L.A. Port to Operate Around the Clock to Ease Cargo Logjams, White House Says – Wall Street Journal, 10/13/2021

  • The White House on Wednesday is expected to announce a pledge from one of the country’s busiest ports to operate around the clock, a move aimed at easing cargo bottlenecks that have led to goods shortages and higher consumer costs.
  • By going to 24/7, the Port of Los Angeles will join the neighboring Port of Long Beach, Calif., which started doing the same thing last month. Major ports in Asia and Europe have operated around the clock for years.
  • Expanded operations at the Port of Los Angeles, which declined to comment ahead of the announcement, would nearly double the hours that cargo can move, according to the White House. It said the extra shifts have been agreed to by the International Longshore and Warehouse Union, which represents dock workers.
  • There has been disagreement over 24/7 operations and finger pointing among key players in the supply chain, which includes port workers, truckers, warehouse operators, railways and retailers. On top of all that, there is a shortage of workers.
  • When the Port of Long Beach initially launched its expanded hours, it failed to attract more trucks, with operators saying the process was burdensome.
  • Biden administration officials said they were also trying to help states speed up licensing for truckers, among other measures.

White House says Walmart, FedEx, UPS to work 24/7 to ease supply bottlenecks for holiday season – Reuters, 10/13/2021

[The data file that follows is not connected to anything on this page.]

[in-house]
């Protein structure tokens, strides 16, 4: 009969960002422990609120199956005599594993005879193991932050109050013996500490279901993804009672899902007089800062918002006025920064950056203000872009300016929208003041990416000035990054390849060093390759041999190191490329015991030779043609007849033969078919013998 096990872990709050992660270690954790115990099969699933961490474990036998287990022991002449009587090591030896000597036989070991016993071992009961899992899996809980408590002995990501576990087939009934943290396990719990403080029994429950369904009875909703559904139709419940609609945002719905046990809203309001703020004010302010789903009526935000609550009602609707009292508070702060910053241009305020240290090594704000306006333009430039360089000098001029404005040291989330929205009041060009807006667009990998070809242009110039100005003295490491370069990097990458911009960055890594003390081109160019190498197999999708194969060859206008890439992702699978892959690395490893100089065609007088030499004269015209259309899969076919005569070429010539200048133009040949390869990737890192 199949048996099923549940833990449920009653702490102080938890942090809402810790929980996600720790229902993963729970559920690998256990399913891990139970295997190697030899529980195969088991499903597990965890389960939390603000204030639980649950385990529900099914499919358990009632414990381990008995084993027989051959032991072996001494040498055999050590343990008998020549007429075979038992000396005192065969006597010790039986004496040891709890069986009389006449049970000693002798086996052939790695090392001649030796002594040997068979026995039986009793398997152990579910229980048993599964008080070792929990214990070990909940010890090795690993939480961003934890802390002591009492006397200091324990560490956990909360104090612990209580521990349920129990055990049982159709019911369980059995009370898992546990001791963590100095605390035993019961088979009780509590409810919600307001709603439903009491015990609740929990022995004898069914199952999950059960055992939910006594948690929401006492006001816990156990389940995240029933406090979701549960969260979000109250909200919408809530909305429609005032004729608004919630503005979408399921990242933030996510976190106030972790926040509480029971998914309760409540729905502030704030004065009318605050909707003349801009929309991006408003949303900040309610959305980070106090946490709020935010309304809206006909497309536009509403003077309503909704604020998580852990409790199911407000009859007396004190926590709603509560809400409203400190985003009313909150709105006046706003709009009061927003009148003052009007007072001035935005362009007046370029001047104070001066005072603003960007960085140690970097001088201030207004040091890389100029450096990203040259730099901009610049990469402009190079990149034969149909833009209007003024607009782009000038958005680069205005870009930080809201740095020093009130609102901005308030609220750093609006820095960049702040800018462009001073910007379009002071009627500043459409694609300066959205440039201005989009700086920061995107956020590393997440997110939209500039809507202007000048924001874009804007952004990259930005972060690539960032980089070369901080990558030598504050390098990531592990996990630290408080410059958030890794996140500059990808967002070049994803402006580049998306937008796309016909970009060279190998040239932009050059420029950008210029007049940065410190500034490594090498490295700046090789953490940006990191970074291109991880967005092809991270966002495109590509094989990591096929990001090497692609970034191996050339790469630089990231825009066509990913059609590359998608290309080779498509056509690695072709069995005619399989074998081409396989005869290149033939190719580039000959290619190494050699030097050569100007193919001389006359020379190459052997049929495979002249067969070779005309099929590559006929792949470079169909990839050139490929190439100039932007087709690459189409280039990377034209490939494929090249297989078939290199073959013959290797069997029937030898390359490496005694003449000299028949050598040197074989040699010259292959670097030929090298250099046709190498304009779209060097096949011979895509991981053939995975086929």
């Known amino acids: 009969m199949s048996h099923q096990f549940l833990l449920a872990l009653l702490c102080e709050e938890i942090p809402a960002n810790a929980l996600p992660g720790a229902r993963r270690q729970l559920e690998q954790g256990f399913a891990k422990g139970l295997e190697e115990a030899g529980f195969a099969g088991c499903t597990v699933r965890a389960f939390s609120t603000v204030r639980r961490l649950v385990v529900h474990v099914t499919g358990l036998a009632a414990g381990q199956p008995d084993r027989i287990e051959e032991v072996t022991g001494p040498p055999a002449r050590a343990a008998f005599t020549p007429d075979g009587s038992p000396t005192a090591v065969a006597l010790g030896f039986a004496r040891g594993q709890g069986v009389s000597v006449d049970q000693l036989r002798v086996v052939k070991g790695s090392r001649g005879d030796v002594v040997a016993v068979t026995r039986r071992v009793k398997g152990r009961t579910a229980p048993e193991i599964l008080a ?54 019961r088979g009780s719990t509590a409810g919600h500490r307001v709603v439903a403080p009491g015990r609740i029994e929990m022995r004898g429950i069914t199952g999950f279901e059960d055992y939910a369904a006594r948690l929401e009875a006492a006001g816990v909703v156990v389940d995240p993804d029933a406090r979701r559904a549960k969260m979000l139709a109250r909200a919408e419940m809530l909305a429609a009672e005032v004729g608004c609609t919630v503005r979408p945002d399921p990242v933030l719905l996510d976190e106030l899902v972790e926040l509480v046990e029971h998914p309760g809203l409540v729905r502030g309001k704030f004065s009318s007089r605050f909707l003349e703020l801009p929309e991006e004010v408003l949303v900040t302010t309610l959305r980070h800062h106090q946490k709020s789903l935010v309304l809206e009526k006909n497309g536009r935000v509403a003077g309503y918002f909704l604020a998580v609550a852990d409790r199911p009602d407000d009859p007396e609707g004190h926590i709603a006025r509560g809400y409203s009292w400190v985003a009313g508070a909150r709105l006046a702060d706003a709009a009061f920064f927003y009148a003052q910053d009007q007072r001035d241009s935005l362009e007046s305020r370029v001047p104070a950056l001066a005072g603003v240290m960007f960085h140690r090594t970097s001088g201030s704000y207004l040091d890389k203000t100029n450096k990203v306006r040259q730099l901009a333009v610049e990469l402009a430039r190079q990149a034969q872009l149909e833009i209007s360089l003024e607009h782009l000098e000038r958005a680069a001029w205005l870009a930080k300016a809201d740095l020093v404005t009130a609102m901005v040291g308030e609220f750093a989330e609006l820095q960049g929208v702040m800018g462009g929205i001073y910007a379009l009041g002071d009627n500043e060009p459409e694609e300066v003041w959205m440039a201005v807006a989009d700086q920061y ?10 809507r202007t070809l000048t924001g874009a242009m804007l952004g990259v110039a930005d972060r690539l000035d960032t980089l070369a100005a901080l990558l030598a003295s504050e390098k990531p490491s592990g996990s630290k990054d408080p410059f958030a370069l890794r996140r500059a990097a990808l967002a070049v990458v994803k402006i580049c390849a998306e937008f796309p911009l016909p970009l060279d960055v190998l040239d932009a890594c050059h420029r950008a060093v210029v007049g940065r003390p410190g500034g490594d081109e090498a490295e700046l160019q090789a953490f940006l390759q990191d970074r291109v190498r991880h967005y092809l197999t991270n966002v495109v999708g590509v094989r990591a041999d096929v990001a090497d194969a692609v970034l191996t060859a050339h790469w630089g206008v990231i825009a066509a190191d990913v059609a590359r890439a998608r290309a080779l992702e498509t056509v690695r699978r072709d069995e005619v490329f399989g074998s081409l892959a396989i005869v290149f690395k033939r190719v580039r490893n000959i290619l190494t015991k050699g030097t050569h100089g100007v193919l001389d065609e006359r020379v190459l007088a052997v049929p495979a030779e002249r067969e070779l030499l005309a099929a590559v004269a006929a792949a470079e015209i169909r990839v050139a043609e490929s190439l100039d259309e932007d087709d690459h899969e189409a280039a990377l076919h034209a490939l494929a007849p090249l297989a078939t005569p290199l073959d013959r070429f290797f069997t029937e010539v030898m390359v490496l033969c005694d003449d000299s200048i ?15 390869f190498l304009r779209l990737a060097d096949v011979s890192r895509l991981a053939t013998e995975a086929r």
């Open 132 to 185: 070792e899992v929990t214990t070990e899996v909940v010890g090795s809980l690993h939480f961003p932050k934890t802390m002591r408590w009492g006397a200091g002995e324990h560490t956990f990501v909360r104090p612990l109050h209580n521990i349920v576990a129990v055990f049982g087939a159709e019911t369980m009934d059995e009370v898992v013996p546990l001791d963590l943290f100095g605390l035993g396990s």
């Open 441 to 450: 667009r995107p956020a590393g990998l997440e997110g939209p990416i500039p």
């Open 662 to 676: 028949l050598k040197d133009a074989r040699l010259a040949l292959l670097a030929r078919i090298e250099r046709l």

• President Joe Biden will host a meeting on Wednesday to hail progress in addressing supply chain problems weighing on the economy and threatening the holiday season, while he challenges business and union leaders to do more to ease shipping backlogs.
  • In addition, the three largest carriers of goods – Wal-Mart, FedEx, and UPS – plan to move toward round-the-clock operations to help speed the shipment of goods across the country, the official said.
  • Samsung, Home Depot and Target are also increasing their work in off-peak hours to accelerate the movement of goods, the official said.


China readies plan to elevate status of antitrust unit – sources – Reuters, 10/13/2021

  • China is considering boosting the status of its antitrust bureau within the market regulatory agency as it steps up a campaign against anti-competitive behavior, two people familiar with the matter said.
  • Urged on by President Xi Jinping, the once low-profile State Administration for Market Regulation (SAMR) has made headlines this year with a push to root-out and penalize anticompetitive behavior, particularly in the vast online “platform” economy.